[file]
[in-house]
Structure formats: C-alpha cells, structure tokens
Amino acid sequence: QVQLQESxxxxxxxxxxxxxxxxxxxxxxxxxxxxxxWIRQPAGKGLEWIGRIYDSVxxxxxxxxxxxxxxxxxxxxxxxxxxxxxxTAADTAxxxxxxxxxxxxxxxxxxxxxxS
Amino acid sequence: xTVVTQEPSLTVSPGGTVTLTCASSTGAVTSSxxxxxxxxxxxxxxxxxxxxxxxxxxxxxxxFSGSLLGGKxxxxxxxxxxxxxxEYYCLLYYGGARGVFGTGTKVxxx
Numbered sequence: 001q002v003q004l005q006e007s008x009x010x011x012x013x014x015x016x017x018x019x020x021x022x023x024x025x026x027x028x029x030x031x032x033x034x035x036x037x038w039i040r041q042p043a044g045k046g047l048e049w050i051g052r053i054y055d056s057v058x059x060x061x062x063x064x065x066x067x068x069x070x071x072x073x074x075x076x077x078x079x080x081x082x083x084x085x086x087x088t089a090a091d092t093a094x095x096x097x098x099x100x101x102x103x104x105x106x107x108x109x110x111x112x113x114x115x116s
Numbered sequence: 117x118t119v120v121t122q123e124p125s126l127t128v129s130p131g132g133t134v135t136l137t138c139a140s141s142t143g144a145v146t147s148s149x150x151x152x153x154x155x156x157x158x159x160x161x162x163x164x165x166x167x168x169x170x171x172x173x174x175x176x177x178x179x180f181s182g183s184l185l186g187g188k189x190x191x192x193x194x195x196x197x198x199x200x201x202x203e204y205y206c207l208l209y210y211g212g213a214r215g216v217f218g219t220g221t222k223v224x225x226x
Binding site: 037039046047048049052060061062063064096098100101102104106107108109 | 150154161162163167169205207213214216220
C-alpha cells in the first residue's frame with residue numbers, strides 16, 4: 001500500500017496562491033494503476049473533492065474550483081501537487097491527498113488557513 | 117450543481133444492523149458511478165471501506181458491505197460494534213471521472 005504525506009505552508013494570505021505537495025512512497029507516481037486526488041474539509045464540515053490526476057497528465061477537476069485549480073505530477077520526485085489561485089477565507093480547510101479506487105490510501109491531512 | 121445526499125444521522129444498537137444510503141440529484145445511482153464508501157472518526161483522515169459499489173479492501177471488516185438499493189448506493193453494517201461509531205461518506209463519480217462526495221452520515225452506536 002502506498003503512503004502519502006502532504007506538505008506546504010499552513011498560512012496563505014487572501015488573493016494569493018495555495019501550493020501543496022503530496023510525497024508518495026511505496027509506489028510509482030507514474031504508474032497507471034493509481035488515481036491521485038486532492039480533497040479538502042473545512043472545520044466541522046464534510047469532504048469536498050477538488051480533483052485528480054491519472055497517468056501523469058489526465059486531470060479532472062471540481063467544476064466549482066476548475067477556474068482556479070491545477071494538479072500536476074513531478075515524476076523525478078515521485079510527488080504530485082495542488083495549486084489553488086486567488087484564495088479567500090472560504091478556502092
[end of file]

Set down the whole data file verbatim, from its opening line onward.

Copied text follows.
[in-house]
Structure formats: C-alpha cells, structure tokens
Amino acid sequence: QVQLQESxxxxxxxxxxxxxxxxxxxxxxxxxxxxxxWIRQPAGKGLEWIGRIYDSVxxxxxxxxxxxxxxxxxxxxxxxxxxxxxxTAADTAxxxxxxxxxxxxxxxxxxxxxxS
Amino acid sequence: xTVVTQEPSLTVSPGGTVTLTCASSTGAVTSSxxxxxxxxxxxxxxxxxxxxxxxxxxxxxxxFSGSLLGGKxxxxxxxxxxxxxxEYYCLLYYGGARGVFGTGTKVxxx
Numbered sequence: 001q002v003q004l005q006e007s008x009x010x011x012x013x014x015x016x017x018x019x020x021x022x023x024x025x026x027x028x029x030x031x032x033x034x035x036x037x038w039i040r041q042p043a044g045k046g047l048e049w050i051g052r053i054y055d056s057v058x059x060x061x062x063x064x065x066x067x068x069x070x071x072x073x074x075x076x077x078x079x080x081x082x083x084x085x086x087x088t089a090a091d092t093a094x095x096x097x098x099x100x101x102x103x104x105x106x107x108x109x110x111x112x113x114x115x116s
Numbered sequence: 117x118t119v120v121t122q123e124p125s126l127t128v129s130p131g132g133t134v135t136l137t138c139a140s141s142t143g144a145v146t147s148s149x150x151x152x153x154x155x156x157x158x159x160x161x162x163x164x165x166x167x168x169x170x171x172x173x174x175x176x177x178x179x180f181s182g183s184l185l186g187g188k189x190x191x192x193x194x195x196x197x198x199x200x201x202x203e204y205y206c207l208l209y210y211g212g213a214r215g216v217f218g219t220g221t222k223v224x225x226x
Binding site: 037039046047048049052060061062063064096098100101102104106107108109 | 150154161162163167169205207213214216220
C-alpha cells in the first residue's frame with residue numbers, strides 16, 4: 001500500500017496562491033494503476049473533492065474550483081501537487097491527498113488557513 | 117450543481133444492523149458511478165471501506181458491505197460494534213471521472 005504525506009505552508013494570505021505537495025512512497029507516481037486526488041474539509045464540515053490526476057497528465061477537476069485549480073505530477077520526485085489561485089477565507093480547510101479506487105490510501109491531512 | 121445526499125444521522129444498537137444510503141440529484145445511482153464508501157472518526161483522515169459499489173479492501177471488516185438499493189448506493193453494517201461509531205461518506209463519480217462526495221452520515225452506536 002502506498003503512503004502519502006502532504007506538505008506546504010499552513011498560512012496563505014487572501015488573493016494569493018495555495019501550493020501543496022503530496023510525497024508518495026511505496027509506489028510509482030507514474031504508474032497507471034493509481035488515481036491521485038486532492039480533497040479538502042473545512043472545520044466541522046464534510047469532504048469536498050477538488051480533483052485528480054491519472055497517468056501523469058489526465059486531470060479532472062471540481063467544476064466549482066476548475067477556474068482556479070491545477071494538479072500536476074513531478075515524476076523525478078515521485079510527488080504530485082495542488083495549486084489553488086486567488087484564495088479567500090472560504091478556502092